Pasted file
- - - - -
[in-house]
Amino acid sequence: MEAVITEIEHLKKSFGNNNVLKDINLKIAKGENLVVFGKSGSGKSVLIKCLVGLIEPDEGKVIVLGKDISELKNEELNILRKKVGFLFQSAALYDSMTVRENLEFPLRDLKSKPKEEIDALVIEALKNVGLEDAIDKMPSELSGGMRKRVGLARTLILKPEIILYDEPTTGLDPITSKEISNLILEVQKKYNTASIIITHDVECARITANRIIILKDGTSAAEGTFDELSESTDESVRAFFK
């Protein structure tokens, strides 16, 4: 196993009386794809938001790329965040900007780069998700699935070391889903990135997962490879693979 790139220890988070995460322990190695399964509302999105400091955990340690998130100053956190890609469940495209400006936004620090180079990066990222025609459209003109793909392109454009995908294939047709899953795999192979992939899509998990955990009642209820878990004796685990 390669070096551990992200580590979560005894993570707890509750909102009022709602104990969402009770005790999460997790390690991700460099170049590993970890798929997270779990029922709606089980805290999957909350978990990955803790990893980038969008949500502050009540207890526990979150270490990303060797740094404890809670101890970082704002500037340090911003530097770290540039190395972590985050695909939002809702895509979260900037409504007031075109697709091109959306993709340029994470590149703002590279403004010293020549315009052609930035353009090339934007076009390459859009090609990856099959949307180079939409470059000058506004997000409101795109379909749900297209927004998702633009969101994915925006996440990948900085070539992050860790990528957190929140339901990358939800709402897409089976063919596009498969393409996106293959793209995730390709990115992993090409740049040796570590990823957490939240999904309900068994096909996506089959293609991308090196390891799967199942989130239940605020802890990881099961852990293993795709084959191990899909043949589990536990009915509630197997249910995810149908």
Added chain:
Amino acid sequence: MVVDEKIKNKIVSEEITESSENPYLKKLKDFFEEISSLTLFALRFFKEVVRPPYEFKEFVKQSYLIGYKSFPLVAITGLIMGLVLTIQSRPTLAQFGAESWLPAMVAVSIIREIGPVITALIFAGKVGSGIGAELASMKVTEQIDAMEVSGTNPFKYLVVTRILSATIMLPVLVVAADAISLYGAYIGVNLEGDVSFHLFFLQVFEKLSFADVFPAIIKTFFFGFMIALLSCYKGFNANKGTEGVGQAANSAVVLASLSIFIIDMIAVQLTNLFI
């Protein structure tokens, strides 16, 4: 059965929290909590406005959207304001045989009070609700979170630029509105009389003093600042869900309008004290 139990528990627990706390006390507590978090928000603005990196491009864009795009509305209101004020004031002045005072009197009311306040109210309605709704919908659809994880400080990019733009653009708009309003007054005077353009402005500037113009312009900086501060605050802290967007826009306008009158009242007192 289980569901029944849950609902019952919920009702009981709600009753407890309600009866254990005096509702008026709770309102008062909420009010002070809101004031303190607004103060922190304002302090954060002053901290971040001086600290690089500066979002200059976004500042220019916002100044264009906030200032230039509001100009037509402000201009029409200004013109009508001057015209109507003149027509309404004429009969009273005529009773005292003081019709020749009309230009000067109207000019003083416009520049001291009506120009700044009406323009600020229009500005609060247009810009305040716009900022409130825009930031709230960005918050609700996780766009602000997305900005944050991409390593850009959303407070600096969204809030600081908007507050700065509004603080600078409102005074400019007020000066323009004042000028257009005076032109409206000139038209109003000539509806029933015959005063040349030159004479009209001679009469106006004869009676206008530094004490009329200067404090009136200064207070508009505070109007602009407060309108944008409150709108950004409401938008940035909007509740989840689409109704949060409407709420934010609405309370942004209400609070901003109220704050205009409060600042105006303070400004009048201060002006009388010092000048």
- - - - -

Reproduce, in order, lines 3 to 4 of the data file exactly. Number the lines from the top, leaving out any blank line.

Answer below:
């Protein structure tokens, strides 16, 4: 196993009386794809938001790329965040900007780069998700699935070391889903990135997962490879693979 790139220890988070995460322990190695399964509302999105400091955990340690998130100053956190890609469940495209400006936004620090180079990066990222025609459209003109793909392109454009995908294939047709899953795999192979992939899509998990955990009642209820878990004796685990 390669070096551990992200580590979560005894993570707890509750909102009022709602104990969402009770005790999460997790390690991700460099170049590993970890798929997270779990029922709606089980805290999957909350978990990955803790990893980038969008949500502050009540207890526990979150270490990303060797740094404890809670101890970082704002500037340090911003530097770290540039190395972590985050695909939002809702895509979260900037409504007031075109697709091109959306993709340029994470590149703002590279403004010293020549315009052609930035353009090339934007076009390459859009090609990856099959949307180079939409470059000058506004997000409101795109379909749900297209927004998702633009969101994915925006996440990948900085070539992050860790990528957190929140339901990358939800709402897409089976063919596009498969393409996106293959793209995730390709990115992993090409740049040796570590990823957490939240999904309900068994096909996506089959293609991308090196390891799967199942989130239940605020802890990881099961852990293993795709084959191990899909043949589990536990009915509630197997249910995810149908």
Added chain: